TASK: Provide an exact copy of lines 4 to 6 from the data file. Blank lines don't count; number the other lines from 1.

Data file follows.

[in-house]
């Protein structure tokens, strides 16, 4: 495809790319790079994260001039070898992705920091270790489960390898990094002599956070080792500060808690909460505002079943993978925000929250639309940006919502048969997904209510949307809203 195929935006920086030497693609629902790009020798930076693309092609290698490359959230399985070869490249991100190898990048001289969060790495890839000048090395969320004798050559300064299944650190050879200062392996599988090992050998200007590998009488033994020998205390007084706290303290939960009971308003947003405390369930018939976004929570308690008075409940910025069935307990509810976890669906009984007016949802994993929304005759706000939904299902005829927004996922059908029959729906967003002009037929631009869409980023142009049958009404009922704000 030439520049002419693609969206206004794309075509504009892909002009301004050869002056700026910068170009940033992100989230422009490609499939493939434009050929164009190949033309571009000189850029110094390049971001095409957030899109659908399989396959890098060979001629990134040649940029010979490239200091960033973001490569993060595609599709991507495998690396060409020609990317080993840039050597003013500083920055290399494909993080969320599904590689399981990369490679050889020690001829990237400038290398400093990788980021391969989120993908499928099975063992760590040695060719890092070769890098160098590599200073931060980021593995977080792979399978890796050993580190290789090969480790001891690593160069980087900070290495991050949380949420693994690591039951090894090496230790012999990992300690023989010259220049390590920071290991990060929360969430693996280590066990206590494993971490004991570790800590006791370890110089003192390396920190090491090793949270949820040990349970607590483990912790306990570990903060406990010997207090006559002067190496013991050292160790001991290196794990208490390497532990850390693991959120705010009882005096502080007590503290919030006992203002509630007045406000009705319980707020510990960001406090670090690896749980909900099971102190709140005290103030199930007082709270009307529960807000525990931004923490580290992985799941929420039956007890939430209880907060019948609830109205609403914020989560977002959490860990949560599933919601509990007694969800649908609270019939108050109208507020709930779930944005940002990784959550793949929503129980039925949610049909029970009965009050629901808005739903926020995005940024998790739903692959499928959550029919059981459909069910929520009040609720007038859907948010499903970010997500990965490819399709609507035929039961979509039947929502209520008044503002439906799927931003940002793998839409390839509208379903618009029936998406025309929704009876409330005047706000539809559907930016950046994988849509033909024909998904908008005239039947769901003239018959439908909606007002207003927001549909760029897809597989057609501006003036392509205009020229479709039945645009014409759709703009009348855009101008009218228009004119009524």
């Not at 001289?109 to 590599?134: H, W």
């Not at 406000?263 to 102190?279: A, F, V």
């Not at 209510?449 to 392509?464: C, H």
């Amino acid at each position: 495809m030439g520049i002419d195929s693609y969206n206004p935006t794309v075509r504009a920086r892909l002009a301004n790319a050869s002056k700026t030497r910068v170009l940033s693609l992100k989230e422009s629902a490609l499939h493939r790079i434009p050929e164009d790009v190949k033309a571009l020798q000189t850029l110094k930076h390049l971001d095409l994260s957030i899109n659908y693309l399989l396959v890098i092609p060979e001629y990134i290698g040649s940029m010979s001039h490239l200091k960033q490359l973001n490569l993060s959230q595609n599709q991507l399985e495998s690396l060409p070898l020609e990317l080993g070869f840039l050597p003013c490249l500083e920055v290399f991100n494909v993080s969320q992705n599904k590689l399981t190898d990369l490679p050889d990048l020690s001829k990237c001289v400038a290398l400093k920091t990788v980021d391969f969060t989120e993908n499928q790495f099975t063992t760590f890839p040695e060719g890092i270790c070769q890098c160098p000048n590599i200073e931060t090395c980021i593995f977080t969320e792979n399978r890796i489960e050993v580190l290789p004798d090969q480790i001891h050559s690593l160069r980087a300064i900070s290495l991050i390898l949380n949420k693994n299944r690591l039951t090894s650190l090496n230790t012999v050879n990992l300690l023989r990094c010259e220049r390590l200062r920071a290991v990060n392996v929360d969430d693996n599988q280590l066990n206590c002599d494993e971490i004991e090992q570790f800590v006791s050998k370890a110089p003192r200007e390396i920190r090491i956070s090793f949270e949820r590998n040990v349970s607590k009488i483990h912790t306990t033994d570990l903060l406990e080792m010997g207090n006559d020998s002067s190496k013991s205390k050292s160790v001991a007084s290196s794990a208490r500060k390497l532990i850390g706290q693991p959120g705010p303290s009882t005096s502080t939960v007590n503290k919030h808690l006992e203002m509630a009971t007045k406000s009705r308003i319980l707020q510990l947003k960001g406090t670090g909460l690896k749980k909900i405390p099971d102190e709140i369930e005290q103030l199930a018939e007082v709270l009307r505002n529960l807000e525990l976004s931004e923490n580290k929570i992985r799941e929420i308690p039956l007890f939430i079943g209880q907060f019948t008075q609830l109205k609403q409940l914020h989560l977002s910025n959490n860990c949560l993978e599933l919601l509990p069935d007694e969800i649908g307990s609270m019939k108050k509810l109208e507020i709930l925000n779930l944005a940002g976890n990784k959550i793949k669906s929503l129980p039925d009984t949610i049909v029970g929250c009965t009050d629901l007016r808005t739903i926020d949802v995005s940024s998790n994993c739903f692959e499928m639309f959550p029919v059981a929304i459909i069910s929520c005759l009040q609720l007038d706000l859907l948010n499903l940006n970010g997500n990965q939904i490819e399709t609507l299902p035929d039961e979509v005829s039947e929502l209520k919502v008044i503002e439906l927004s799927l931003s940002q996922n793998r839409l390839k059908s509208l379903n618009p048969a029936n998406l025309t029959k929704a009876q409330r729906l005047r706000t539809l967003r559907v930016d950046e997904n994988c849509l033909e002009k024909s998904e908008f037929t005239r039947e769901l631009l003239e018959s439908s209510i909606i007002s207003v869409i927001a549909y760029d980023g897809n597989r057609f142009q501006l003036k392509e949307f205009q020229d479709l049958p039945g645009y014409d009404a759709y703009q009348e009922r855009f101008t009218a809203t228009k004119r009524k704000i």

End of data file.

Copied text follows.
């Not at 406000?263 to 102190?279: A, F, V």
């Not at 209510?449 to 392509?464: C, H």
């Amino acid at each position: 495809m030439g520049i002419d195929s693609y969206n206004p935006t794309v075509r504009a920086r892909l002009a301004n790319a050869s002056k700026t030497r910068v170009l940033s693609l992100k989230e422009s629902a490609l499939h493939r790079i434009p050929e164009d790009v190949k033309a571009l020798q000189t850029l110094k930076h390049l971001d095409l994260s957030i899109n659908y693309l399989l396959v890098i092609p060979e001629y990134i290698g040649s940029m010979s001039h490239l200091k960033q490359l973001n490569l993060s959230q595609n599709q991507l399985e495998s690396l060409p070898l020609e990317l080993g070869f840039l050597p003013c490249l500083e920055v290399f991100n494909v993080s969320q992705n599904k590689l399981t190898d990369l490679p050889d990048l020690s001829k990237c001289v400038a290398l400093k920091t990788v980021d391969f969060t989120e993908n499928q790495f099975t063992t760590f890839p040695e060719g890092i270790c070769q890098c160098p000048n590599i200073e931060t090395c980021i593995f977080t969320e792979n399978r890796i489960e050993v580190l290789p004798d090969q480790i001891h050559s690593l160069r980087a300064i900070s290495l991050i390898l949380n949420k693994n299944r690591l039951t090894s650190l090496n230790t012999v050879n990992l300690l023989r990094c010259e220049r390590l200062r920071a290991v990060n392996v929360d969430d693996n599988q280590l066990n206590c002599d494993e971490i004991e090992q570790f800590v006791s050998k370890a110089p003192r200007e390396i920190r090491i956070s090793f949270e949820r590998n040990v349970s607590k009488i483990h912790t306990t033994d570990l903060l406990e080792m010997g207090n006559d020998s002067s190496k013991s205390k050292s160790v001991a007084s290196s794990a208490r500060k390497l532990i850390g706290q693991p959120g705010p303290s009882t005096s502080t939960v007590n503290k919030h808690l006992e203002m509630a009971t007045k406000s009705r308003i319980l707020q510990l947003k960001g406090t670090g909460l690896k749980k909900i405390p099971d102190e709140i369930e005290q103030l199930a018939e007082v709270l009307r505002n529960l807000e525990l976004s931004e923490n580290k929570i992985r799941e929420i308690p039956l007890f939430i079943g209880q907060f019948t008075q609830l109205k609403q409940l914020h989560l977002s910025n959490n860990c949560l993978e599933l919601l509990p069935d007694e969800i649908g307990s609270m019939k108050k509810l109208e507020i709930l925000n779930l944005a940002g976890n990784k959550i793949k669906s929503l129980p039925d009984t949610i049909v029970g929250c009965t009050d629901l007016r808005t739903i926020d949802v995005s940024s998790n994993c739903f692959e499928m639309f959550p029919v059981a929304i459909i069910s929520c005759l009040q609720l007038d706000l859907l948010n499903l940006n970010g997500n990965q939904i490819e399709t609507l299902p035929d039961e979509v005829s039947e929502l209520k919502v008044i503002e439906l927004s799927l931003s940002q996922n793998r839409l390839k059908s509208l379903n618009p048969a029936n998406l025309t029959k929704a009876q409330r729906l005047r706000t539809l967003r559907v930016d950046e997904n994988c849509l033909e002009k024909s998904e908008f037929t005239r039947e769901l631009l003239e018959s439908s209510i909606i007002s207003v869409i927001a549909y760029d980023g897809n597989r057609f142009q501006l003036k392509e949307f205009q020229d479709l049958p039945g645009y014409d009404a759709y703009q009348e009922r855009f101008t009218a809203t228009k004119r009524k704000i």